Opinion | Canadians deny German sweep with Olympic four-man bobsled bronze

BEIJING There was a moment more than a decade ago when Justin Kripps thought he might be finished with racing bobsleds. He’d just competed at the Vancouver Olympics as a pusher in Pierre Lueders’s four-man crew. He was 23 years old and seriously pondering a more conventional career path than the occasionally tenuous existence of full-time Olympic athlete.

“But I remember one of my good buddies said to me, ‘You know, conventional life is not all it’s cracked up to be. You’ve got something special going on here. You should do it as long as you keep enjoying it,’” Kripps was saying recently. “He was in med school at the time. So coming from him, I thought that was pretty good advice. I decided I enjoyed what I’m doing. I haven’t looked back since.”

Twelve years and three more Olympics later, Sunday’s final run of the four-man Olympic bobsled race provided the latest bit of validation of Kripps’s not-so-conventional career track.

At a Games in which Germany has declared its mind-boggling dominance in sliding sports, Kripps’s four-man Canadian team did well to find a place on the podium, winning the bronze medal to spoil a German sweep.

German drivers Francesco Friedrich and Johannes Lochner won gold and silver, respectively, while the third German sled, piloted by Christoph Hafer, finished fourth, just six-hundredths of a second behind Canada.

Kripps, along with crewmen Ryan Sommer, Cam Stones and Benjamin Coakwell, won his second medal in as many Games, following up the gold he won in the two-man event four years ago in Pyeongchang. He became just the third Canadian pilot to win a medal in the four-man event, joining Vic Emery, who won gold in Innsbruck in 1964, and Lyndon Rush, who won bronze in 2010.

“Just absolutely huge. I’m at a loss for words,” Kripps said. “The boys did amazing. We couldn’t be happier.”

Friedrich, the four-time defending world champion in four-man, completed a second straight Olympic sweep. After winning both the four-man and two-man events in Pyeongchang four years ago — tying for gold with Kripps in a memorable two-man final — he repeated the trick at Yanqing National Sliding Center.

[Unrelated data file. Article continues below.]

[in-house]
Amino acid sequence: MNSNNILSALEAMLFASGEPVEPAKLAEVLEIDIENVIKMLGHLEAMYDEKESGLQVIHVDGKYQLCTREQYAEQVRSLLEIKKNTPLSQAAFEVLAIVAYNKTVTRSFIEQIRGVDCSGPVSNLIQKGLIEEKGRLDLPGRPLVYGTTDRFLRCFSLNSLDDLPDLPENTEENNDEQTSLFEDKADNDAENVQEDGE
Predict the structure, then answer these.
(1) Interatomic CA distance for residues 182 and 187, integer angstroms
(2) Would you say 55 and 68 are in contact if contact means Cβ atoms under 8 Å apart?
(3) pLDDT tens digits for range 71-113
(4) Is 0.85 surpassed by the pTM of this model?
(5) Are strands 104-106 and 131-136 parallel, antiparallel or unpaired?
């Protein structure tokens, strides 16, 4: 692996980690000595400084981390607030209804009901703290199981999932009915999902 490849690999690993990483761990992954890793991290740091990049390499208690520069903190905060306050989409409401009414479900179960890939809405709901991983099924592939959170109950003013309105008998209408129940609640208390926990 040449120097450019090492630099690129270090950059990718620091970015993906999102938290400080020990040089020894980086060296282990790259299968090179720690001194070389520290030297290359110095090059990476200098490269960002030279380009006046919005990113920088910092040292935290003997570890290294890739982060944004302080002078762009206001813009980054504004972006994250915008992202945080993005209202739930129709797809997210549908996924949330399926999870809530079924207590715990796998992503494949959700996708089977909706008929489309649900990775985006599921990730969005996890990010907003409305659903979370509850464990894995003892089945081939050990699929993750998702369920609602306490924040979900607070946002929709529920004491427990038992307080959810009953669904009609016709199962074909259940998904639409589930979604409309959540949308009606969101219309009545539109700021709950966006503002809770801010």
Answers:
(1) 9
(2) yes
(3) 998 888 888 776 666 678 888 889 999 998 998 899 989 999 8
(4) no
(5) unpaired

Kripps did well to nudge another German off the podium. While Friedrich’s superiority is long-standing, Germany’s dominance in sliding sports has been taken to a new level at these Olympics. There were 10 gold medals available in bobsled, luge and skeleton here. Germany won an astonishing nine of them.

The country’s only miss came in women’s monobob, where Kaillie Humphries of the United States won gold. Monobob is a first-time Olympic event wherein the sleds are standard in an attempt to minimize technological advantages and put more of an emphasis on the athletic ability and driving skill of the competitors.

It’s fueled a conversation inside the sport about the need to curb Germany’s massive advantage in the research and development of proprietary equipment that has put them in a class by themselves. Bobsleds aren’t equipped with motors beyond the super athletes who push them out of the start house, but there are those who’ve compared the sport to Formula One racing, where the best-funded teams carve out near-insurmountable advantages that no amount of driving talent can overcome.

“The Germans are quite far ahead in terms of their equipment and how much money they put into it,” Kripps said. “They pretty much consistently have the best sleds, and nobody else can get them. They’re just really, really on the top of their game as far as their equipment … But you can still beat them.”

Kripps, at least, found a way to beat one of them. And to stand on his second Olympic podium on Sunday, one was exactly enough.

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